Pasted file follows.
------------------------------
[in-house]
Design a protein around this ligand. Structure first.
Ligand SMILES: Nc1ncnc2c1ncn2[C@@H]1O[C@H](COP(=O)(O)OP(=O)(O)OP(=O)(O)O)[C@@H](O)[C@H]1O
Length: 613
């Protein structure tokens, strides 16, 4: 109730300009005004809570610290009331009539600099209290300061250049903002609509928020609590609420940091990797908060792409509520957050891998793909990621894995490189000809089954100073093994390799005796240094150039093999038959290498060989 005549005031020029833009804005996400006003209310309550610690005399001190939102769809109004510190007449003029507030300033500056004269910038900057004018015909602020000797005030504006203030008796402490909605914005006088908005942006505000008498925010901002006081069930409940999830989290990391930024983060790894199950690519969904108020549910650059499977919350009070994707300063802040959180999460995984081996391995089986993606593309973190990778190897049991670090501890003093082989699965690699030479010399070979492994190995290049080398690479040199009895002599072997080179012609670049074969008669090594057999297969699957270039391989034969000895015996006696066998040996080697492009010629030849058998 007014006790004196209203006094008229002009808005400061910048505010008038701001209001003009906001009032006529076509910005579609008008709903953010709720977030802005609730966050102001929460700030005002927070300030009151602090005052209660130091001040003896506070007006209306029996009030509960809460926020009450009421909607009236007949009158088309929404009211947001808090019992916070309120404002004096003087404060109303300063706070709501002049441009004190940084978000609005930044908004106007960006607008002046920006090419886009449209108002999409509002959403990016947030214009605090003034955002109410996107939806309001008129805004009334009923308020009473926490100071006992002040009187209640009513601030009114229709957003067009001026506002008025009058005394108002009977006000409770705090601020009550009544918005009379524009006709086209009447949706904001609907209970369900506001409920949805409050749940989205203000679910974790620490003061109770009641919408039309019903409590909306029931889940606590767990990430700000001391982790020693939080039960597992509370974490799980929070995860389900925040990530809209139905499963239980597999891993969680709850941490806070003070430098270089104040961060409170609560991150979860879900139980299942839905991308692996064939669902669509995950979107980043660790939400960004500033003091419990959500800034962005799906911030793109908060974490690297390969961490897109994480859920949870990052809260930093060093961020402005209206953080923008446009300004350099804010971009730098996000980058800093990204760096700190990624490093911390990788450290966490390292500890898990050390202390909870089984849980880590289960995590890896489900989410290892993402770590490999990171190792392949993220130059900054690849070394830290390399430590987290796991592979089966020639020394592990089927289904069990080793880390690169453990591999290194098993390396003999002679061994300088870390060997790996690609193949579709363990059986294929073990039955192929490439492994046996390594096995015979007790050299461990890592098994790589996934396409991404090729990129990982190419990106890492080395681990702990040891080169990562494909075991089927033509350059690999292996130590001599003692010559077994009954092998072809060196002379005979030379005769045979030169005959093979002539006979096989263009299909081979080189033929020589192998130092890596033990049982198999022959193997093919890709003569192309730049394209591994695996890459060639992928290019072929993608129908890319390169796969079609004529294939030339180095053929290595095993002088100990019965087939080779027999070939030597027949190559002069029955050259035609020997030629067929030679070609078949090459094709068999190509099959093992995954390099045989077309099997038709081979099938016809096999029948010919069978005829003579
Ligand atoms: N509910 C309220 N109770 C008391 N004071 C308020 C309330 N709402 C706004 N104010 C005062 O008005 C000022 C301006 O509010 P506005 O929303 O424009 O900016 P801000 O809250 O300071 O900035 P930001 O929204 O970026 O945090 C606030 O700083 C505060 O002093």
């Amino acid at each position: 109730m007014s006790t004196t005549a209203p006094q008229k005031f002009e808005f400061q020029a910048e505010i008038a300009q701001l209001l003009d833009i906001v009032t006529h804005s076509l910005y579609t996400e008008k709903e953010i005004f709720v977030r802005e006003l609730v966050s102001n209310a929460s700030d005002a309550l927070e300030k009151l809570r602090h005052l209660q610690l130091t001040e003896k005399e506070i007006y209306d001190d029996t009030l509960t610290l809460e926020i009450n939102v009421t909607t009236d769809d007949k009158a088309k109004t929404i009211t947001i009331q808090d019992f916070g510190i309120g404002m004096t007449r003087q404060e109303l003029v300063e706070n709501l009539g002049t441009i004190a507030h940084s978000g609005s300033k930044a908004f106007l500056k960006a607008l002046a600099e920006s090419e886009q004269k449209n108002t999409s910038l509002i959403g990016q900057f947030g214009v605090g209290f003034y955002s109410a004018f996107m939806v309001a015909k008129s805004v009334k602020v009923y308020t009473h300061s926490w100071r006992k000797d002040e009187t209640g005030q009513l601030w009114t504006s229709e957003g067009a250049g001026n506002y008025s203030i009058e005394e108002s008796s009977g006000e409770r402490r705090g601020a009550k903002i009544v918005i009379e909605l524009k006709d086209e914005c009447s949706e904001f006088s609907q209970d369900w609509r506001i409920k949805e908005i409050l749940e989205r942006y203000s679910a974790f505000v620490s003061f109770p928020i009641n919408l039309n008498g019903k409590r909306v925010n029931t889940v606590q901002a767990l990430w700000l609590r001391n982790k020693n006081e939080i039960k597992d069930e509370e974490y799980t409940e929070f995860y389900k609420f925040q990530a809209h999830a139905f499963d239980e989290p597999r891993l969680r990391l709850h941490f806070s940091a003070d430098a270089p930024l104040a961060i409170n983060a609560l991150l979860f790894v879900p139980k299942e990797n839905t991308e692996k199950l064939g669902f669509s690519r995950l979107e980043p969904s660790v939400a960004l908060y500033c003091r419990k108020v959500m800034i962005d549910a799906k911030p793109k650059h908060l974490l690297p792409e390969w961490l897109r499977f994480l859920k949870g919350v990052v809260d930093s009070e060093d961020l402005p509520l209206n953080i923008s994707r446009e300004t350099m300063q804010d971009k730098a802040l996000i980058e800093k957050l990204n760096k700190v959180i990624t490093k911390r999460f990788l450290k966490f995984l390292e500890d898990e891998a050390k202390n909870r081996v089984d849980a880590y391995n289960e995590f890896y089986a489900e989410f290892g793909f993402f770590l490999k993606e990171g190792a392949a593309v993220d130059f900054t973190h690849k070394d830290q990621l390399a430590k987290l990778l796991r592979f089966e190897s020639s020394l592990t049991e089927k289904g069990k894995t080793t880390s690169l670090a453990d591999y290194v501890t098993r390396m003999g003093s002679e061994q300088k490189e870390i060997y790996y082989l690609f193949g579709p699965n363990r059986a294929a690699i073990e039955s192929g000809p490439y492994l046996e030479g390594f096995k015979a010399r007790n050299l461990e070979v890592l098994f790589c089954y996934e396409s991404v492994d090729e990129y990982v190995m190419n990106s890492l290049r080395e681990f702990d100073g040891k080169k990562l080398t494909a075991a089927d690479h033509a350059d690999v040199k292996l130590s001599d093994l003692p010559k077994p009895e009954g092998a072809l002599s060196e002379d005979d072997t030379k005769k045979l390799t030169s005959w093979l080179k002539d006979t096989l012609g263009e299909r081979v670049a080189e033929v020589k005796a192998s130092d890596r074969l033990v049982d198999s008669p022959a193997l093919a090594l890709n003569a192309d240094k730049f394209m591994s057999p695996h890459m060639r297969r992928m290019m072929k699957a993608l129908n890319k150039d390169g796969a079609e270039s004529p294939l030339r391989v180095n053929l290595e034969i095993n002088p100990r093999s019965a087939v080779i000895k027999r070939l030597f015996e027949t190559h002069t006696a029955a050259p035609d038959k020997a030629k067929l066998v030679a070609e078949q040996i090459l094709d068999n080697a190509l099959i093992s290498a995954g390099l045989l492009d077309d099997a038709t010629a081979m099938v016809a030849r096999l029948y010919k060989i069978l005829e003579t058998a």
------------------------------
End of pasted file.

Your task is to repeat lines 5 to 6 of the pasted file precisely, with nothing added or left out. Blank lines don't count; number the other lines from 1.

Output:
């Protein structure tokens, strides 16, 4: 109730300009005004809570610290009331009539600099209290300061250049903002609509928020609590609420940091990797908060792409509520957050891998793909990621894995490189000809089954100073093994390799005796240094150039093999038959290498060989 005549005031020029833009804005996400006003209310309550610690005399001190939102769809109004510190007449003029507030300033500056004269910038900057004018015909602020000797005030504006203030008796402490909605914005006088908005942006505000008498925010901002006081069930409940999830989290990391930024983060790894199950690519969904108020549910650059499977919350009070994707300063802040959180999460995984081996391995089986993606593309973190990778190897049991670090501890003093082989699965690699030479010399070979492994190995290049080398690479040199009895002599072997080179012609670049074969008669090594057999297969699957270039391989034969000895015996006696066998040996080697492009010629030849058998 007014006790004196209203006094008229002009808005400061910048505010008038701001209001003009906001009032006529076509910005579609008008709903953010709720977030802005609730966050102001929460700030005002927070300030009151602090005052209660130091001040003896506070007006209306029996009030509960809460926020009450009421909607009236007949009158088309929404009211947001808090019992916070309120404002004096003087404060109303300063706070709501002049441009004190940084978000609005930044908004106007960006607008002046920006090419886009449209108002999409509002959403990016947030214009605090003034955002109410996107939806309001008129805004009334009923308020009473926490100071006992002040009187209640009513601030009114229709957003067009001026506002008025009058005394108002009977006000409770705090601020009550009544918005009379524009006709086209009447949706904001609907209970369900506001409920949805409050749940989205203000679910974790620490003061109770009641919408039309019903409590909306029931889940606590767990990430700000001391982790020693939080039960597992509370974490799980929070995860389900925040990530809209139905499963239980597999891993969680709850941490806070003070430098270089104040961060409170609560991150979860879900139980299942839905991308692996064939669902669509995950979107980043660790939400960004500033003091419990959500800034962005799906911030793109908060974490690297390969961490897109994480859920949870990052809260930093060093961020402005209206953080923008446009300004350099804010971009730098996000980058800093990204760096700190990624490093911390990788450290966490390292500890898990050390202390909870089984849980880590289960995590890896489900989410290892993402770590490999990171190792392949993220130059900054690849070394830290390399430590987290796991592979089966020639020394592990089927289904069990080793880390690169453990591999290194098993390396003999002679061994300088870390060997790996690609193949579709363990059986294929073990039955192929490439492994046996390594096995015979007790050299461990890592098994790589996934396409991404090729990129990982190419990106890492080395681990702990040891080169990562494909075991089927033509350059690999292996130590001599003692010559077994009954092998072809060196002379005979030379005769045979030169005959093979002539006979096989263009299909081979080189033929020589192998130092890596033990049982198999022959193997093919890709003569192309730049394209591994695996890459060639992928290019072929993608129908890319390169796969079609004529294939030339180095053929290595095993002088100990019965087939080779027999070939030597027949190559002069029955050259035609020997030629067929030679070609078949090459094709068999190509099959093992995954390099045989077309099997038709081979099938016809096999029948010919069978005829003579
Ligand atoms: N509910 C309220 N109770 C008391 N004071 C308020 C309330 N709402 C706004 N104010 C005062 O008005 C000022 C301006 O509010 P506005 O929303 O424009 O900016 P801000 O809250 O300071 O900035 P930001 O929204 O970026 O945090 C606030 O700083 C505060 O002093």